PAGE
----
The Finnish Centre of Excellence in Inverse Problem Research, funded by the Academy of Finland, was started in 2006. The centre comprises six research groups in Finnish universities, led by the inverse problem group at the Department of Mathematics and Statistics at the University of Helsinki. The centre's research is focused on developing the mathematical theory of inverse problems and solving inverse problems in a variety of applications, ranging in size from the molecular to the galactic level. The main goal is to build efficient and reliable mathematical models of targets even from very incomplete and noisy data, and this often results in the creation of images of entities that would otherwise remain unseen. Here we present a few examples.
In medical imaging, more precise information is often needed about the 3D structure of a tissue than can be obtained with ordinary x-ray techniques. The detector records whether an x-ray was absorbed in its path through a tissue, but the images do not indicate the extent to which the x-ray was absorbed at particular points along its path. In other words, we are not able to determine depth of detail in the image. The 3D structure of a tissue can be determined by imaging the target from different directions and then mathematically computing the proportion of x-rays absorbed by the tissue at different points. This standard technique is used in computer tomography (CT). However, a disadvantage of CT is that it exposes the patient to high doses of radiation since many x-ray images are needed.
Statistical inversion techniques developed by our group alleviate this problem. By incorporating into the algorithm statistical a priori knowledge about the structure of interest, the number of images needed to calculate a reconstruction is significantly reduced. An example of this a priori knowledge is the positivity of the target function: tissue does not strengthen x-rays at any point. A priori knowledge of tissue differentiability is also frequently used in reconstruction calculations.
We are also developing a wholly different technique, called electrical impedance tomography, for viewing the insides of our body. This simple and inexpensive method is based on conducting very small currents through the body and measuring them on the surface: again, mathematics can turn such information into an actual image. The search for such a method also led to the solution of a long-standing hypothesis by Alberto Calderon.
We are also interested in solutions to geological and meteorological problems. The varying densities and materials below the surface of the Earth can be analysed with seismic imaging, and the bottoms of rivers or lakes can be accurately mapped with advanced sonar techniques. In the latter, we have developed pulse codes to pack as much information as possible into the transmitted and received sound signals, obtaining unprecedented spatial resolution. We use the same technique in radar experiments: with weather radar, for example, we are able to map the insides and the movements of regions of extreme weather with precision unattainable by traditional radar techniques.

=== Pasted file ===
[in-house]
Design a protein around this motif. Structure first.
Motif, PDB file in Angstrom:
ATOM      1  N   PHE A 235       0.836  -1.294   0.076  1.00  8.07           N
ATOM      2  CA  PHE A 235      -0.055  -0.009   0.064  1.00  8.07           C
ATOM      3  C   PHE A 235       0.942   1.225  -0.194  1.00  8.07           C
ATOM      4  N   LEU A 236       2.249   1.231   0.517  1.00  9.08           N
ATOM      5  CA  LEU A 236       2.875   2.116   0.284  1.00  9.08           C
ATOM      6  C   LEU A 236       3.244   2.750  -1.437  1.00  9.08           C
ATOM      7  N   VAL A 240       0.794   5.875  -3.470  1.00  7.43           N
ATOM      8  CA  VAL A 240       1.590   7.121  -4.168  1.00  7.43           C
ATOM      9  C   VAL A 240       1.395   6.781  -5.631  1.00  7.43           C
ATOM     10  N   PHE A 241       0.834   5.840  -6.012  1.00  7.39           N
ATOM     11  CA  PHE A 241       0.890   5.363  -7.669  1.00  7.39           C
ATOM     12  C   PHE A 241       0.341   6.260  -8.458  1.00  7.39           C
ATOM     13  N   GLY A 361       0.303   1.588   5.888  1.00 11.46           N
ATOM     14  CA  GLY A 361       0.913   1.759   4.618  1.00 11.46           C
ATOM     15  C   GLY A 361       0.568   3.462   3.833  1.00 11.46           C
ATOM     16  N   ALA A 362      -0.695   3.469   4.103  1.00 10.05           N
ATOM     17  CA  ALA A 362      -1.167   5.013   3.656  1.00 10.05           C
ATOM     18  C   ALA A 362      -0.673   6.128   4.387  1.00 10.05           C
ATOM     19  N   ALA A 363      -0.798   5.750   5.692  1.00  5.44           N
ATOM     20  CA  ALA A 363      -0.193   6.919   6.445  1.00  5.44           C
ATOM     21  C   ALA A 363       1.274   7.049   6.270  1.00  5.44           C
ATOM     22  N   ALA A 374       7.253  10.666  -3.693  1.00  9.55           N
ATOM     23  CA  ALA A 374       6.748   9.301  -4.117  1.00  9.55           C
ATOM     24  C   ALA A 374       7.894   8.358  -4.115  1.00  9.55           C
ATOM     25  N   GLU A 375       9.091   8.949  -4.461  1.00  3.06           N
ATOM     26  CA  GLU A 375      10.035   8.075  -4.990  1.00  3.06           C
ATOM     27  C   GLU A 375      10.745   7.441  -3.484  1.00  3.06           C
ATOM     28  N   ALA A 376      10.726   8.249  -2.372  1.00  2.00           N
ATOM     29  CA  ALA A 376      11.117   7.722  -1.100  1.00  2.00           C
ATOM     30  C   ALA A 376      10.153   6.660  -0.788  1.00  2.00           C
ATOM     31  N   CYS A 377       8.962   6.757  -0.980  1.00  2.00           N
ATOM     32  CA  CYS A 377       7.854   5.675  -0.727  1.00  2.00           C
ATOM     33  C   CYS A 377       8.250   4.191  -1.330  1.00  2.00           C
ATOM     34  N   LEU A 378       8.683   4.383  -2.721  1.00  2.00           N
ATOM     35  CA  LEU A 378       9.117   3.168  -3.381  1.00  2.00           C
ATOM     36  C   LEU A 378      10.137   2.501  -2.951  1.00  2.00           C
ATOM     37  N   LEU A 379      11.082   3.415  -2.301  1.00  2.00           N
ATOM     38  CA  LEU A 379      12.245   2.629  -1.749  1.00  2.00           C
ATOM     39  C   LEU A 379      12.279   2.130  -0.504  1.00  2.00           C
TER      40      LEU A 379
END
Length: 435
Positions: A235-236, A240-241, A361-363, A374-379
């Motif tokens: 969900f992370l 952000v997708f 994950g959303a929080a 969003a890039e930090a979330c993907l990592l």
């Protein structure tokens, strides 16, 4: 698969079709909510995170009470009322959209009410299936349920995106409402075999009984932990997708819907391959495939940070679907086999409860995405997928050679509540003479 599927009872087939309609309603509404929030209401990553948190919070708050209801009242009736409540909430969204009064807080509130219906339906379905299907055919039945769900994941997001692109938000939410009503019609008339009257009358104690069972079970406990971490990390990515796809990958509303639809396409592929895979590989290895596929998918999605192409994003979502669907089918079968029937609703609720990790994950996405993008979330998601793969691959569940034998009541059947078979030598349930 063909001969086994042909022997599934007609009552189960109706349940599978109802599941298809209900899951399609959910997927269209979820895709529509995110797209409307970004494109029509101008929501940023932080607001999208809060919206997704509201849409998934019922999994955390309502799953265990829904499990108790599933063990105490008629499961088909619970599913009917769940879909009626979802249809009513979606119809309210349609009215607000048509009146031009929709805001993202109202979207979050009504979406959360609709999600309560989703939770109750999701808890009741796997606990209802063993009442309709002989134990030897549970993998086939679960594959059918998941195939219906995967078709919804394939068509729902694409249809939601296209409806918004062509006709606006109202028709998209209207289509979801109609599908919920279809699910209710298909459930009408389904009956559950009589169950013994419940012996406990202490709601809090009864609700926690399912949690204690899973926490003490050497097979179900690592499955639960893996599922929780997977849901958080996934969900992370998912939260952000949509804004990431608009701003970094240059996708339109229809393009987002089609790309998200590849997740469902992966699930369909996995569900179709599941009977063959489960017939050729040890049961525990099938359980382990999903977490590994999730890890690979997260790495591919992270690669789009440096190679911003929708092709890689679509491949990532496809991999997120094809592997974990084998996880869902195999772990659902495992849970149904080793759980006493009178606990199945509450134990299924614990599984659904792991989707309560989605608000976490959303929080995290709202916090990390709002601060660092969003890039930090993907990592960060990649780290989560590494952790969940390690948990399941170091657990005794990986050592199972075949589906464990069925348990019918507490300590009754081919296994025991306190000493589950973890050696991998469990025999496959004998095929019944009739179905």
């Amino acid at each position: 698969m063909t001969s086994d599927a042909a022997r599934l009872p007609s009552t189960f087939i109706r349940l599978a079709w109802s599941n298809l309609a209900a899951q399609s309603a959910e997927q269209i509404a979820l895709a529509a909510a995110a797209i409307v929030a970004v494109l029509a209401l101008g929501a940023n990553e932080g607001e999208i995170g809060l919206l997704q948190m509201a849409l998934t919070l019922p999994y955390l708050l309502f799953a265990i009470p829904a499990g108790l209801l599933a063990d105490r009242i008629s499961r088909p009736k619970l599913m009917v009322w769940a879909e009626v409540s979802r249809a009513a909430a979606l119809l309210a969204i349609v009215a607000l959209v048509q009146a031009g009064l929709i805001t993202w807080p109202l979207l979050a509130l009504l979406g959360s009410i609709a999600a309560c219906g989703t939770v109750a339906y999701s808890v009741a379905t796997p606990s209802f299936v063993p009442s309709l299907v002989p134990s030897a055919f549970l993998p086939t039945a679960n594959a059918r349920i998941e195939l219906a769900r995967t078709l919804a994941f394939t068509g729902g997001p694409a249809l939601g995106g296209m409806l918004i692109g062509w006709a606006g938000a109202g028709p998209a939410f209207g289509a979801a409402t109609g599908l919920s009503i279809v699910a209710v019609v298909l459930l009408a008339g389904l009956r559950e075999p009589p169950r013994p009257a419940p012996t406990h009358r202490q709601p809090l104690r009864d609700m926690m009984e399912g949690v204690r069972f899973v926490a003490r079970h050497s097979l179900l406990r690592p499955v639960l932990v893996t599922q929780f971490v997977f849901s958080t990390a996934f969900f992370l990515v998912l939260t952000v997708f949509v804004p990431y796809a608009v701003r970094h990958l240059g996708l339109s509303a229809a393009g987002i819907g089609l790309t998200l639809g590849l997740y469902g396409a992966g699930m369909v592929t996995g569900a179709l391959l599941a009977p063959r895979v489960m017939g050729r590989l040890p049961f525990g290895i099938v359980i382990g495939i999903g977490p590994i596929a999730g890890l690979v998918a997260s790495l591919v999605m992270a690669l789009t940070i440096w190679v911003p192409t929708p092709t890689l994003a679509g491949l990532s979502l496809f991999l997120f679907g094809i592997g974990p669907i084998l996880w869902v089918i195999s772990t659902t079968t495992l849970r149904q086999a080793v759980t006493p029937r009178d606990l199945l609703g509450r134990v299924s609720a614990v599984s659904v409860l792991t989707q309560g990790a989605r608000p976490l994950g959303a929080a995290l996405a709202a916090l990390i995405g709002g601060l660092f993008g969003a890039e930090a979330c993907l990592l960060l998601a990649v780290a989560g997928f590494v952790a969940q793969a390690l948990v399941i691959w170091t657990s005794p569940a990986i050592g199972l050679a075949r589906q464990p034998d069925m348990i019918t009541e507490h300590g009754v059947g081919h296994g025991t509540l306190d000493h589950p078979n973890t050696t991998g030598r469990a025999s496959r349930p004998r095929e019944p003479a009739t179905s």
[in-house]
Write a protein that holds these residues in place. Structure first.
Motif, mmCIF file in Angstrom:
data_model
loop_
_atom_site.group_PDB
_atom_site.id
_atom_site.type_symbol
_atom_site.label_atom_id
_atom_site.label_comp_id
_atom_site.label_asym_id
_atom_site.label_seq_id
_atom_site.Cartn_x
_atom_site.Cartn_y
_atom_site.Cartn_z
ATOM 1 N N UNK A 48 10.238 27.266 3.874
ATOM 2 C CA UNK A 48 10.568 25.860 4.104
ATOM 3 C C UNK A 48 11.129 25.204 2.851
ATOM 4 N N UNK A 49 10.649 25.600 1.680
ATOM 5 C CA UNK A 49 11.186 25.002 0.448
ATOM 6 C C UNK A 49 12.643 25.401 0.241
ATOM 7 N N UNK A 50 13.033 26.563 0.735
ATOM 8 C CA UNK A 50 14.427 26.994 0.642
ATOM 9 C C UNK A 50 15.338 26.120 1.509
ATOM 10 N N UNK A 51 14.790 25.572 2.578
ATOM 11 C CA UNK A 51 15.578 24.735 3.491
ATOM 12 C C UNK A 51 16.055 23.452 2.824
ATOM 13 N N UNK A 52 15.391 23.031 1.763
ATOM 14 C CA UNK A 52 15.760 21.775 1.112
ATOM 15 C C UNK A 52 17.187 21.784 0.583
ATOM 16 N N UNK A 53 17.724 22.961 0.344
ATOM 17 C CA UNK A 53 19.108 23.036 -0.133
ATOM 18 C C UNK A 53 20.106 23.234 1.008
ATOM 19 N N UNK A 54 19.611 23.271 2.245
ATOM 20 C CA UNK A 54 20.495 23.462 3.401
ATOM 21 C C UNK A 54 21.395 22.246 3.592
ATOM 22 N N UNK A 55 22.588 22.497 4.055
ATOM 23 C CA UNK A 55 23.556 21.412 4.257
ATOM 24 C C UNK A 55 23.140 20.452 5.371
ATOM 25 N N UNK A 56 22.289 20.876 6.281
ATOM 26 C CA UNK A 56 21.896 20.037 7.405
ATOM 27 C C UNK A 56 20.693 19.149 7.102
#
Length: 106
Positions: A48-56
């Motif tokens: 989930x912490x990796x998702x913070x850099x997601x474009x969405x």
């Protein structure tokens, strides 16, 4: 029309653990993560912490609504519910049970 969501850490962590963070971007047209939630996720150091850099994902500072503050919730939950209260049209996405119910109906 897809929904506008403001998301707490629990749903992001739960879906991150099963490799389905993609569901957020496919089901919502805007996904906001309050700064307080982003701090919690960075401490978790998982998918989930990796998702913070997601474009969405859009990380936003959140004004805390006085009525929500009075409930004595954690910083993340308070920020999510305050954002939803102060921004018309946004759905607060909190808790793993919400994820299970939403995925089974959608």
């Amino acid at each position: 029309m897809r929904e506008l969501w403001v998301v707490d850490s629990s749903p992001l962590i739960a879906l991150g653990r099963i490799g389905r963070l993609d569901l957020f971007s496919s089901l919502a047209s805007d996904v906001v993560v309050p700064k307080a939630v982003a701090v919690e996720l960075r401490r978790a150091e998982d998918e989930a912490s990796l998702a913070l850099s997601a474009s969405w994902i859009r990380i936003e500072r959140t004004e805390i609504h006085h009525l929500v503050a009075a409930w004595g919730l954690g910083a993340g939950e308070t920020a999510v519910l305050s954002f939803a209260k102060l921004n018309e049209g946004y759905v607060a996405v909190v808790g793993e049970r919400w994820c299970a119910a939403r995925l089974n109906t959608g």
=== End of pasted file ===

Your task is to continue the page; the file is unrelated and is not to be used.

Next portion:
In astronomy, too, our work finds application. Millions of asteroids in our solar system are seen only as points of light, even with the largest telescopes. Mathematics, however, makes it possible to reconstruct the rotation states and shapes of asteroids merely from brightness variations that can be recorded with small telescopes. The problem is to determine the shape of an object from the sizes of its projection-like quantities in different directions. We have shown that, contrary to the belief held for almost a century, this inverse problem of generalized projections can be solved. The solution is based on the fact that the object is not always illuminated and viewed from the same direction, ie we measure more than the sizes of its shadows. Related to this is a practical solution to the Minkowski problem: how can a polyhedron be reconstructed when only the areas and orientations of its facets are known?
Using this technique, it is now possible to carry out a comprehensive mapping of one of our solar system's least known regions, the asteroid belt. This method has also resulted in completely new discoveries, such as asteroid rotation powered by sunlight. This finding is the most internationally reported Finnish research result ever. We can directly see how the pressure of the photons slowly but surely influences the motion of asteroids. With this knowledge we can predict the motion of near-Earth objects more precisely, and may even be able to help avert a collision with the Earth.
Finally, just as an example that mathematics used in inverse problems cuts both ways: we have shown that with suitable optical materials it is mathematically possible to create optical wormholes. With such invisible tunnels, light can be transmitted from one site to another, without anyone seeing it between the two sites or even realising that there is a tunnel in the first place. With the engineering techniques of the future, this method can even be used in building appliances such as 3D televisions.
University of Helsinki, Finland
Tel: +358 9 19151441
University of Helsinki, Finland
Tel: +358 9 19151456